Hula Bangsa Ayaran : Rebel Songs as Signifier of Tausug’s Identity and Collective Memories
Authors: Elgin Glenn R Salomon (University of the Philippines Visayas, The Philippines)
Darwin J. Absari (University of the Philippines Diliman)
Speakers: Elgin Glenn R Salomon
Strand: Islamic Studies and Discourses
Session Type: General Session
Literary works including rebel songs served as important windows in understanding the identity, culture, history, and collective memories of a particular ethnolinguistic group or a society at large. For instance, in the height of the Bangsamoro rebellion during Ferdinand Marcos’ Martial Law (1972-1986) in Muslim-dominated Southern Philippines, some rebels of the Moro National Liberation Front (MNLF) wrote songs in Bahasa Sug that articulated their fight and struggle for independence from the Philippine nation-state. Surprisingly, these songs were still popular among the Tausug of Sulu in the present as these songs were passed on from one generation to another. In line with these contexts, this paper argues that the war songs during the repressive years of Martial Law act as depositories of Tausug’s strong ethnic identity and collective memories against the oppressive system of the Marcos dictatorship. This paper will answer the following questions. 1.) What are the historical and cultural contexts that shaped the subjects of these rebel songs? 2). How does the discourse of the rebel songs’ message signify the Muslim, Tausug and Bangsamoro identities as well as their collective memory against the Marcos dictatorship and the Philippine State? And 3) How did the rebel songs sustain the collective memory of the Bangsamoro rebellion in the present? Using semantic and discourse analyses on the three selected songs such as 1) Minsupala, 2) Sumping Moro and 3) Dayang Mamaid Ako, this paper would examine the words/phrases that are used to signify their condition and attitude about the war as well as words/phrases that symbolically portray the emotions of the songs. Meanwhile, musical elicitation via online groups on Facebook would be utilized in understanding the continuing relevance of the songs among the Tausug. By using sociolinguistics, the messages of these songs can give us an idea on how these rebels construct their images of war and how they deal with its complexity through their creativity or/and self-expression, Most importantly, this paper would recognize the deeply rooted problems in Sulu and Mindanao even in the present that are entangled in the message of the songs.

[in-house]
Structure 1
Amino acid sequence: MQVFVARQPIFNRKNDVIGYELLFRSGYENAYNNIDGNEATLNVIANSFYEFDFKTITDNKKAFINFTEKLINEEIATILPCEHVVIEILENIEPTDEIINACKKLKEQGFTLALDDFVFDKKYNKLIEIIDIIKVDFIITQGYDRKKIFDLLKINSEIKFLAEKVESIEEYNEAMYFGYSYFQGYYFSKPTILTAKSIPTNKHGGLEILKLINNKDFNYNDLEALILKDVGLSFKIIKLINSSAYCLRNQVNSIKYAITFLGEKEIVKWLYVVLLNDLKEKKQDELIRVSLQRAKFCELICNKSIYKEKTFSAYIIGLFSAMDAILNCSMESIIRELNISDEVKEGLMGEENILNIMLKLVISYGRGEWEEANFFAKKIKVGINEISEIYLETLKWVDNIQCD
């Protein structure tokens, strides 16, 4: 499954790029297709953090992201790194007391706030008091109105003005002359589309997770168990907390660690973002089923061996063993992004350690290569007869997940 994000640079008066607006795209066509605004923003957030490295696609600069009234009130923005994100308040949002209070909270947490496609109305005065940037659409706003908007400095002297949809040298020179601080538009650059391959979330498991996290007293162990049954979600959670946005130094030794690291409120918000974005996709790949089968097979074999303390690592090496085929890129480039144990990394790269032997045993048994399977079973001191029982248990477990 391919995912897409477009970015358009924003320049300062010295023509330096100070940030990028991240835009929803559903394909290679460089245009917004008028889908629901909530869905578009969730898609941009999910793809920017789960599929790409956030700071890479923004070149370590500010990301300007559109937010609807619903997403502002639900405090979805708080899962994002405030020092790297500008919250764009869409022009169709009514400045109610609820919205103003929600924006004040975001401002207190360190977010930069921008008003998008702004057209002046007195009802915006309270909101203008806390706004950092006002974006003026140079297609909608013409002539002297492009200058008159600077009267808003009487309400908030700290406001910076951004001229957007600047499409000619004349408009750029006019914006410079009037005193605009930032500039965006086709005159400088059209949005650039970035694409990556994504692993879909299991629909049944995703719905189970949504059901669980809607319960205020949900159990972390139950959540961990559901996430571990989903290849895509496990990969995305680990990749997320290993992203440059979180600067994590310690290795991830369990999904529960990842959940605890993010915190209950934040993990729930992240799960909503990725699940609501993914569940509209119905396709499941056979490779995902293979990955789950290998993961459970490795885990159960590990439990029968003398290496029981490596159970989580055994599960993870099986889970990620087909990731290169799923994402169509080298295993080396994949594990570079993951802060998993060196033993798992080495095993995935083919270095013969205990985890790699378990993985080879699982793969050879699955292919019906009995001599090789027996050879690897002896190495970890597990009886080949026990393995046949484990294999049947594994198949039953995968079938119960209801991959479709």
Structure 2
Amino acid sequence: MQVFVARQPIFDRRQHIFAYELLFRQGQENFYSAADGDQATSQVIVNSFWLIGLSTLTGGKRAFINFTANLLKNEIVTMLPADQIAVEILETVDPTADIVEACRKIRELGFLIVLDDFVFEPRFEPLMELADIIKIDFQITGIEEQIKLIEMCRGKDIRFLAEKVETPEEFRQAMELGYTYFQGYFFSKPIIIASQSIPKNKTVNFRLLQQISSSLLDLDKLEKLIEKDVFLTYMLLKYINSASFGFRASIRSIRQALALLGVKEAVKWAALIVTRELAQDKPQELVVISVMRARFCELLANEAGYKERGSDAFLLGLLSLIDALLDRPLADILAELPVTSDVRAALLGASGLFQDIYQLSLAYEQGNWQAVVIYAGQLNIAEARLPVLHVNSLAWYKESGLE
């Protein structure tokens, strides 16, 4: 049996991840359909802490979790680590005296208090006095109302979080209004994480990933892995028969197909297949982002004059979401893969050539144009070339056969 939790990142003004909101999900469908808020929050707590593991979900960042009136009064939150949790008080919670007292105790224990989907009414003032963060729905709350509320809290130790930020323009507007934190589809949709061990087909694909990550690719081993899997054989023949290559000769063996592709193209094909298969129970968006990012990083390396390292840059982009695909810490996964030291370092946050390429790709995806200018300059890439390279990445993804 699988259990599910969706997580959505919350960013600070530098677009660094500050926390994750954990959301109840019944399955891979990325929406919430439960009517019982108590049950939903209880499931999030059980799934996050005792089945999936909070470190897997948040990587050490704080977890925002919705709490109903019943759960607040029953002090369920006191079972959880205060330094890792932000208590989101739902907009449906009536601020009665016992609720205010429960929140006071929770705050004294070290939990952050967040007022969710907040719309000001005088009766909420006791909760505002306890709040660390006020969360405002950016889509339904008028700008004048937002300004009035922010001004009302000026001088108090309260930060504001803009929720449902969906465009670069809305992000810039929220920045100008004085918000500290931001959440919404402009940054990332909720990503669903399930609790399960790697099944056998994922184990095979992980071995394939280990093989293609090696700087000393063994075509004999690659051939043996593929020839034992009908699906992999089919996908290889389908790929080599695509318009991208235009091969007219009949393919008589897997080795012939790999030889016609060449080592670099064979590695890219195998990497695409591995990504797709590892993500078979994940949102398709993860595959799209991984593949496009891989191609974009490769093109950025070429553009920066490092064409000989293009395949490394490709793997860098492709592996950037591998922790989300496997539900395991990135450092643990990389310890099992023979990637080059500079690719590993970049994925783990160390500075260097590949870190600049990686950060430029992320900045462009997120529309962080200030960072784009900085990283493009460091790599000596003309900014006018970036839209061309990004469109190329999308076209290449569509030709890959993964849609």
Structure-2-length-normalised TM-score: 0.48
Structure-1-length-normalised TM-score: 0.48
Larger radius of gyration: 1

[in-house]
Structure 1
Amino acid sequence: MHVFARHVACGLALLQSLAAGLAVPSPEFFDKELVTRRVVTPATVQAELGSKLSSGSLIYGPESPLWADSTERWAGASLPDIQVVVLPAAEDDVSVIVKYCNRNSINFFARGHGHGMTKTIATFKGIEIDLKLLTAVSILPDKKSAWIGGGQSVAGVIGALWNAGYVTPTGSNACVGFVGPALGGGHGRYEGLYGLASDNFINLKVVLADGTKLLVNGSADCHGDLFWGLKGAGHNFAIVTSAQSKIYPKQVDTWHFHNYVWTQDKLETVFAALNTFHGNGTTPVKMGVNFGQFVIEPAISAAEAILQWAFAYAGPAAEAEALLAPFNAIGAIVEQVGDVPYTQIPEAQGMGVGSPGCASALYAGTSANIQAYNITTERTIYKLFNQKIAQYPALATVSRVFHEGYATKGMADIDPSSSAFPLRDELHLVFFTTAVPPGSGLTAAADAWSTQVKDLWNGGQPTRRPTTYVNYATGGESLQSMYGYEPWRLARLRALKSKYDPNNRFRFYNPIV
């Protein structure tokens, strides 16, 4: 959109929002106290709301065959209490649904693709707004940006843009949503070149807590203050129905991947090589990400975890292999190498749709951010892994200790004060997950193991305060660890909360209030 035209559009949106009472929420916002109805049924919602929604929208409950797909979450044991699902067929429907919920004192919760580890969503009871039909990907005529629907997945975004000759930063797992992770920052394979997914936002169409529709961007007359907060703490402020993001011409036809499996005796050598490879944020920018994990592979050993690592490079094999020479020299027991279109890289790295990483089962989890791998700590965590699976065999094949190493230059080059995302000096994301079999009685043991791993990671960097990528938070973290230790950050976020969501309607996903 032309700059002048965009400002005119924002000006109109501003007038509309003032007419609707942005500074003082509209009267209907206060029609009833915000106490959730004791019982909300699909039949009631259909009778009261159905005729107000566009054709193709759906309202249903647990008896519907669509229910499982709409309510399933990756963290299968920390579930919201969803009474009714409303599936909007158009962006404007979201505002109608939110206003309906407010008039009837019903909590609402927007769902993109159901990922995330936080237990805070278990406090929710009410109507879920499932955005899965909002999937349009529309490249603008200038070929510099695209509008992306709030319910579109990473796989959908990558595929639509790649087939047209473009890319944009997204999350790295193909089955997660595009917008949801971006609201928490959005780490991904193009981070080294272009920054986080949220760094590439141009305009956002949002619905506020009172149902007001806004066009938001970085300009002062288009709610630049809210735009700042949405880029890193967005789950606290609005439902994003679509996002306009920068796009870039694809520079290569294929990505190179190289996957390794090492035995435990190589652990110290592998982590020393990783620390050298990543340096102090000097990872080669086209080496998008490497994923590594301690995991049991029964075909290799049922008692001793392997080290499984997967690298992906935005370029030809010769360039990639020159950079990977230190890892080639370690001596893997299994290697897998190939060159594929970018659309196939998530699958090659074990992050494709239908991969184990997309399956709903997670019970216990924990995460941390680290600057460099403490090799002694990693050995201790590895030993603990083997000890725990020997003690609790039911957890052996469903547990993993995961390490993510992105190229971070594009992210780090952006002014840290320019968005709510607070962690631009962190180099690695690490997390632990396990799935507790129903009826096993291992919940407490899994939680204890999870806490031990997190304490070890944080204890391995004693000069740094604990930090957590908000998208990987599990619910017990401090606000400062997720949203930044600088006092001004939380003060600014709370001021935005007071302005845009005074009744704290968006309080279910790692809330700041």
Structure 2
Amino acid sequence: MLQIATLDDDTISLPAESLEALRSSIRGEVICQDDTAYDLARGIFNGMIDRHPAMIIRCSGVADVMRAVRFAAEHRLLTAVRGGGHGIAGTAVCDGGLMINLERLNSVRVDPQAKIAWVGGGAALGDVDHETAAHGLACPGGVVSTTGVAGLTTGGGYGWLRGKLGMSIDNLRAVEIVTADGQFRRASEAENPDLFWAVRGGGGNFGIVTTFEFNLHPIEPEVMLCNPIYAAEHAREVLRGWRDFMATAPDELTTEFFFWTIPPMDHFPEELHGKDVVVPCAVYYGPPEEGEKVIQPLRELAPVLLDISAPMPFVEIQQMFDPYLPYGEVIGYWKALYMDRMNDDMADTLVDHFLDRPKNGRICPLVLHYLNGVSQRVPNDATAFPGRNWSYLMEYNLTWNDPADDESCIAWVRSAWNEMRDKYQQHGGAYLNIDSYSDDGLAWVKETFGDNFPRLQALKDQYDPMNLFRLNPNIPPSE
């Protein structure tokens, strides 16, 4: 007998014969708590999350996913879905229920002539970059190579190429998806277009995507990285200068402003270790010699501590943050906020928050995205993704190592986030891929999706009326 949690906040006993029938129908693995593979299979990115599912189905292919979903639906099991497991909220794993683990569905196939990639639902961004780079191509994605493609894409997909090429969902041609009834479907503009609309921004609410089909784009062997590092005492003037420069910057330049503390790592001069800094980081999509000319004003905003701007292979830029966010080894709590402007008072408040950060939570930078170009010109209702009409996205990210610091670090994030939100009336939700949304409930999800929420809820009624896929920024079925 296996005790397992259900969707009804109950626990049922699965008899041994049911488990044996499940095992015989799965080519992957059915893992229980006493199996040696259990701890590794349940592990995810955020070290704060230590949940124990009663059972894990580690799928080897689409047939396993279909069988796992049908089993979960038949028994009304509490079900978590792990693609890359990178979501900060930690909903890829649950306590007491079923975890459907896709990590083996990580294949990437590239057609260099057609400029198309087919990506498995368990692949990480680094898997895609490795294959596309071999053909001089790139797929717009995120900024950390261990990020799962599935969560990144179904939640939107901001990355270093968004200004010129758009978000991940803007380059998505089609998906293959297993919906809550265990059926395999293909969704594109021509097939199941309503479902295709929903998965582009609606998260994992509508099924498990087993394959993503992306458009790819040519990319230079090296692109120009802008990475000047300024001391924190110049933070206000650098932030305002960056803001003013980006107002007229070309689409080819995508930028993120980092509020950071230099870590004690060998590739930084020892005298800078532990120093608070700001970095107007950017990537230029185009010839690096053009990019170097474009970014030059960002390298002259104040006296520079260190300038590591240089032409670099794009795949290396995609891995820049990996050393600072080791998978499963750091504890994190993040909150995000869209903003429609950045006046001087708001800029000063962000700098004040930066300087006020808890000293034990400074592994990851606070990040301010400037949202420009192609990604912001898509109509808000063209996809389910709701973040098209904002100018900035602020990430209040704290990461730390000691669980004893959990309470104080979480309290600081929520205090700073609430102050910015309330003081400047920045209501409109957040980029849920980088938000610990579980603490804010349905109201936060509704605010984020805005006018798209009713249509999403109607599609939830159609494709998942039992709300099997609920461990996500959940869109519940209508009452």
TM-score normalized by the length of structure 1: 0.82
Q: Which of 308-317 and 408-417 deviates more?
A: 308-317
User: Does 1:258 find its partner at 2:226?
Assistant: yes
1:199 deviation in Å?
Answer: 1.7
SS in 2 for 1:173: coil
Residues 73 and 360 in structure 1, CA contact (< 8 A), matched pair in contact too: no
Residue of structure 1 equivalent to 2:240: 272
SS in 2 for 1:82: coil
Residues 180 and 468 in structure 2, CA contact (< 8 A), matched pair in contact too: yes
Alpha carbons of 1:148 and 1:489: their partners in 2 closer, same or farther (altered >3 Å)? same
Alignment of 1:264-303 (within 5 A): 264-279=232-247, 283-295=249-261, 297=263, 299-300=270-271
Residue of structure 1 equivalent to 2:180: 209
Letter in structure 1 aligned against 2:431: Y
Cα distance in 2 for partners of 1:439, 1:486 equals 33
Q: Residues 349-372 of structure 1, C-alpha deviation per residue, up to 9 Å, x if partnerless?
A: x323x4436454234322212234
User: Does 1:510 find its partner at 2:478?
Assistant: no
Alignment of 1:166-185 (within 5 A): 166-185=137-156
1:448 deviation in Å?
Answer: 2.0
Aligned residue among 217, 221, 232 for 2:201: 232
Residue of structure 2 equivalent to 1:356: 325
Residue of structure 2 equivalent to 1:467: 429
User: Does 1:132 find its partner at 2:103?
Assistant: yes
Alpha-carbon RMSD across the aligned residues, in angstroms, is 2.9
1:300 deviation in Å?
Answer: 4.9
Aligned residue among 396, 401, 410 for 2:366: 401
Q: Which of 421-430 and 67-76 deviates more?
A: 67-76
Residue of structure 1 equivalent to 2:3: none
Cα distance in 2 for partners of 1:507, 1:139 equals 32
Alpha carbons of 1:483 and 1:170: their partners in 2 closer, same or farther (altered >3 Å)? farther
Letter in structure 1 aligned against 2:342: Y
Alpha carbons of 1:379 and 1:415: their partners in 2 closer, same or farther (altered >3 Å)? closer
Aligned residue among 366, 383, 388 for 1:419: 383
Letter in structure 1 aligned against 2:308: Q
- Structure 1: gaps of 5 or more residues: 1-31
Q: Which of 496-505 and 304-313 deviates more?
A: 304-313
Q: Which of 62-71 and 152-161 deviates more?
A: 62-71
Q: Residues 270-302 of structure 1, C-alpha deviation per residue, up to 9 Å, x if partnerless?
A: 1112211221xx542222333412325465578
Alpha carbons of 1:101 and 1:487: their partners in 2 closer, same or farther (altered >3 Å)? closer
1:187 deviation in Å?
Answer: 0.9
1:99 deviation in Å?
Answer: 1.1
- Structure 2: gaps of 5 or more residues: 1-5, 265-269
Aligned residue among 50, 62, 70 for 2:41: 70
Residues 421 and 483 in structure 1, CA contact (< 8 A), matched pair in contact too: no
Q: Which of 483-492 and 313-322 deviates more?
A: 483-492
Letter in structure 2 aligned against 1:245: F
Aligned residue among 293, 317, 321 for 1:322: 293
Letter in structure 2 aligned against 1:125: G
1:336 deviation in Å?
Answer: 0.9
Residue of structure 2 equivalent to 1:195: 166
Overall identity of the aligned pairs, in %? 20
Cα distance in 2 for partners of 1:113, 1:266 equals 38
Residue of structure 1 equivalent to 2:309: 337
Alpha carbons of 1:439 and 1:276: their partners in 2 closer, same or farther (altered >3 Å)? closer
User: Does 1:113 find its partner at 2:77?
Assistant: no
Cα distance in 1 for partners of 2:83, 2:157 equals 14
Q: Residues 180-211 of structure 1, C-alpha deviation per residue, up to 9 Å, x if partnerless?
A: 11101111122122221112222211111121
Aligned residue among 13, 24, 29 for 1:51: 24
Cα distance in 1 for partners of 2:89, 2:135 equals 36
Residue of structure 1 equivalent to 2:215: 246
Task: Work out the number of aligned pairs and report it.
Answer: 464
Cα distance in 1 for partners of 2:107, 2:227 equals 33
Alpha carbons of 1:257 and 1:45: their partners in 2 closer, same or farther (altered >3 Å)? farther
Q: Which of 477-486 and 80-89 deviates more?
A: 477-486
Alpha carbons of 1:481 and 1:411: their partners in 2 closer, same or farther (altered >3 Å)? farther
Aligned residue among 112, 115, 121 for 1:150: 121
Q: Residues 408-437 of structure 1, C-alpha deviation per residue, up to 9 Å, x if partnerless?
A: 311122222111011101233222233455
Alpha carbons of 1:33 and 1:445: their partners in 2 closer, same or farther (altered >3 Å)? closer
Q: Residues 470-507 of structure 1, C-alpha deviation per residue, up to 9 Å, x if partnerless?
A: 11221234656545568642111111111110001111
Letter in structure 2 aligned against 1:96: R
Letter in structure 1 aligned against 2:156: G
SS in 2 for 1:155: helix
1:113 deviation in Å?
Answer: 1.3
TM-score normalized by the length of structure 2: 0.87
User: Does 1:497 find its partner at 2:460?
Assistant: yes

Keywords: Martial Law, Sociolinguistics, Rebel Songs, Bahasa Sug, Tausug